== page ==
A report, “International Benchmarking: State Education Performance Standards,” issued by the American Institute for Research in October, compared the benchmarks used to measure proficiency in each state with the benchmarks used to measure proficiency in two international assessments: the Trends in International Mathematics and Science Study (TIMSS), and the Progress in International Reading Literacy Study (PIRLS). TIMSS is an assessment of Grades 4 and 8 in mathematics and science; PIRLS is an assessment of Grade 4 in reading. Both are sponsored by the International Association for the Evaluation of Education Achievement.
The study also estimated the percent of students in each state who would have met an internationally benchmarked standard of “high,” among four benchmarks of low, intermediate, high and advanced. The study says a student meeting the “high” benchmark has the skill and knowledge comparable to the “typical” or “average” student in the highest-achieving countries. For math, these countries included Japan, Taiwan, Singapore, Hong Kong and South Korea. For reading, these countries included Hungary, Italy, Luxembourg, Singapore, Hong Kong, the Russian Federation and Canada.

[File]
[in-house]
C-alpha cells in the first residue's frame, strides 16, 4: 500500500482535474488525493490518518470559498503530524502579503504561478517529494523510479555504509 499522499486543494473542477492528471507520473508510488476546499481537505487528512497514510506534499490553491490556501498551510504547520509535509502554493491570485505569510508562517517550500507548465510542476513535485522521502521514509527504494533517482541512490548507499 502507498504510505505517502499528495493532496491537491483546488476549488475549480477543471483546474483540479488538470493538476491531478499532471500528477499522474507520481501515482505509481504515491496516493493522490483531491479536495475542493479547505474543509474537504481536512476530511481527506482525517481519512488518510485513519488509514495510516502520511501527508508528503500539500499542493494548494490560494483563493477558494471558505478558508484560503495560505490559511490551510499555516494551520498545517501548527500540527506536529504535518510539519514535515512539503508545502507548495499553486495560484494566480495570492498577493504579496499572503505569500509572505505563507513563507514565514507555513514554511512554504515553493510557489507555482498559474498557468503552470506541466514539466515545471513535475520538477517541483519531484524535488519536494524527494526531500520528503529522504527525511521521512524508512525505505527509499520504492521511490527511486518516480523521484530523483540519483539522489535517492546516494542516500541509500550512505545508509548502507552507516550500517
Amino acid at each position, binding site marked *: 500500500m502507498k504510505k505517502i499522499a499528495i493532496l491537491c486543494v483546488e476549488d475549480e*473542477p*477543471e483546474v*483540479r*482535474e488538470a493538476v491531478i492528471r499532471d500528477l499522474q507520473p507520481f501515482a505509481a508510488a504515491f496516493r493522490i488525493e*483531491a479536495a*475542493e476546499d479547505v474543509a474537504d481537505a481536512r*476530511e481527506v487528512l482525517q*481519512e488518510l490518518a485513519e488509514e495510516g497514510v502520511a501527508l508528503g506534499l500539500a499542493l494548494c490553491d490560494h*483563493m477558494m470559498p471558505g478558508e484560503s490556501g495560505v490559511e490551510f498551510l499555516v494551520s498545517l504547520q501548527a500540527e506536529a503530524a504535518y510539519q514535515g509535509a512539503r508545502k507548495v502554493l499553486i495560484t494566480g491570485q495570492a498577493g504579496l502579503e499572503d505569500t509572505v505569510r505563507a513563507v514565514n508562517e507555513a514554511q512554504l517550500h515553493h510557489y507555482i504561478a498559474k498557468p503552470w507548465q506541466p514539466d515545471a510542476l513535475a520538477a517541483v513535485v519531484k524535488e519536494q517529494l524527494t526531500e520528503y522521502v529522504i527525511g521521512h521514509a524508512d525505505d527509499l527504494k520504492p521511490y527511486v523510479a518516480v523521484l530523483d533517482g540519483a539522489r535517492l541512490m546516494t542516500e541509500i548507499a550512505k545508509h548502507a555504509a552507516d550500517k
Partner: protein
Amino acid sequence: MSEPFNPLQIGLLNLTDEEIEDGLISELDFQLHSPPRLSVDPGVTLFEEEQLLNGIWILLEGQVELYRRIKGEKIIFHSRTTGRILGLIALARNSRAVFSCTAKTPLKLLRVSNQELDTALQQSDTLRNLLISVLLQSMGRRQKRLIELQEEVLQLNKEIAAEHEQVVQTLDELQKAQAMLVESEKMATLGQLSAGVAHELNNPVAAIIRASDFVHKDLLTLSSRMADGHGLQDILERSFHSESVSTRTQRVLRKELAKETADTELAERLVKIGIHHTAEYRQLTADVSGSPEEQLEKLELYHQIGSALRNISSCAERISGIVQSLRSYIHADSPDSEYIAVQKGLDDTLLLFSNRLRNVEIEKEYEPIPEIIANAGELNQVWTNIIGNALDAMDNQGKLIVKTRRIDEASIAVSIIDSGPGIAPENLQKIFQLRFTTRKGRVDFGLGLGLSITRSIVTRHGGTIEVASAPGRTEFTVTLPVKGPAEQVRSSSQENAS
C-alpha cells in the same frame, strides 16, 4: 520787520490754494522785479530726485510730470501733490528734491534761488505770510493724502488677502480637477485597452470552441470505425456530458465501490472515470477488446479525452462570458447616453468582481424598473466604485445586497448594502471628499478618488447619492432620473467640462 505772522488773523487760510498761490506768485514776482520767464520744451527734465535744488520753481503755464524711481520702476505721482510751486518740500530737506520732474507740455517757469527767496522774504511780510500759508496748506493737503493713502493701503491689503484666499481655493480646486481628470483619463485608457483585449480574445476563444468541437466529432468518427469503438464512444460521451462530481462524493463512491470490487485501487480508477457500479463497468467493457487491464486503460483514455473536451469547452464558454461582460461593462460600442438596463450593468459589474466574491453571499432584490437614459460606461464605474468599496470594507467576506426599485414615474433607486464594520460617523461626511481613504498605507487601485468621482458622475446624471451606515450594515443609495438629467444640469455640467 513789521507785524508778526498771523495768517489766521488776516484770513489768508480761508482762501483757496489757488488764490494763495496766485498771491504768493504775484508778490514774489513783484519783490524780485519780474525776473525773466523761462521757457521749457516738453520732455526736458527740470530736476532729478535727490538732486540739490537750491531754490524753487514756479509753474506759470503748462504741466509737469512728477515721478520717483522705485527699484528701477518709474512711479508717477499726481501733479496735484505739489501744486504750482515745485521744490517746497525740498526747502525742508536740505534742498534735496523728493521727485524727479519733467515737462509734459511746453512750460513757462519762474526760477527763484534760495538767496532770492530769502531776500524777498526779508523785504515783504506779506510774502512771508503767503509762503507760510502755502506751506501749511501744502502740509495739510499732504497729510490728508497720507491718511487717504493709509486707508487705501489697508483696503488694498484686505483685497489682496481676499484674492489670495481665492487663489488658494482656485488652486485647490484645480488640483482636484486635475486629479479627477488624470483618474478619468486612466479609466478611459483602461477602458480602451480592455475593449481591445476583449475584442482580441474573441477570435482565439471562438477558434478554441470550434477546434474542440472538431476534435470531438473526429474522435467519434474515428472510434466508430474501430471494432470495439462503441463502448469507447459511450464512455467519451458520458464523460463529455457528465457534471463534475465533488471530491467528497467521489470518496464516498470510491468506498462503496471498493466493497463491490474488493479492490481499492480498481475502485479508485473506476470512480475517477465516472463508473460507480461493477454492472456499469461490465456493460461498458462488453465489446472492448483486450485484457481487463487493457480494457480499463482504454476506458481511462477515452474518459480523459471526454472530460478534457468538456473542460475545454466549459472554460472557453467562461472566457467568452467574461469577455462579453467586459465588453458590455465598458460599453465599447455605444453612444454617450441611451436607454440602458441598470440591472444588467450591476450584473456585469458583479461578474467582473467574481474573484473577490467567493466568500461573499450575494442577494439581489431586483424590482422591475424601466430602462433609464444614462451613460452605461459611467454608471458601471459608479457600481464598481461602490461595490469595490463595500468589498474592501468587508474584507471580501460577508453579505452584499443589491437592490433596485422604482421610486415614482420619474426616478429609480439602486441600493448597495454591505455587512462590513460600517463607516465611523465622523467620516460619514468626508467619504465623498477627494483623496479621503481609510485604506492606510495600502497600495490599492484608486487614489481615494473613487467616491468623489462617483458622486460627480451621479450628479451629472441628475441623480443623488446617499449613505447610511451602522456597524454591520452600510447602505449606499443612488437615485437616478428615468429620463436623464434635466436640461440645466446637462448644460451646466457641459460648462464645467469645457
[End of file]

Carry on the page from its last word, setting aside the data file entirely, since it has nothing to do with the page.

The study concluded that 36% of Illinois fourth-graders and 29% of Illinois eighth-graders would have met the high standard on TIMSS. This compares with 84% of Illinois fourth-graders and 80% of Illinois eighth-graders who met ISAT standards in math.
The study concluded that 43% of Illinois fourth-graders would have met a high standard on PIRLS. This compares with 74% of Illinois fourth-graders who met ISAT standards in reading.
The study says international benchmarking is important, citing a 2008 report by the National Governors Association that concludes, “Governors recognize that new economic realities mean it no longer matters how one U.S. state compares to another on a national test; what matters is how a state’s students compare to those in countries around the globe. America must seize this moment to ensure that we have workers whose knowledge, skills and talents are competitive with the best in the world.”
The common core state standards recently approved by the Illinois State Board of Education and by many other states are internationally benchmarked.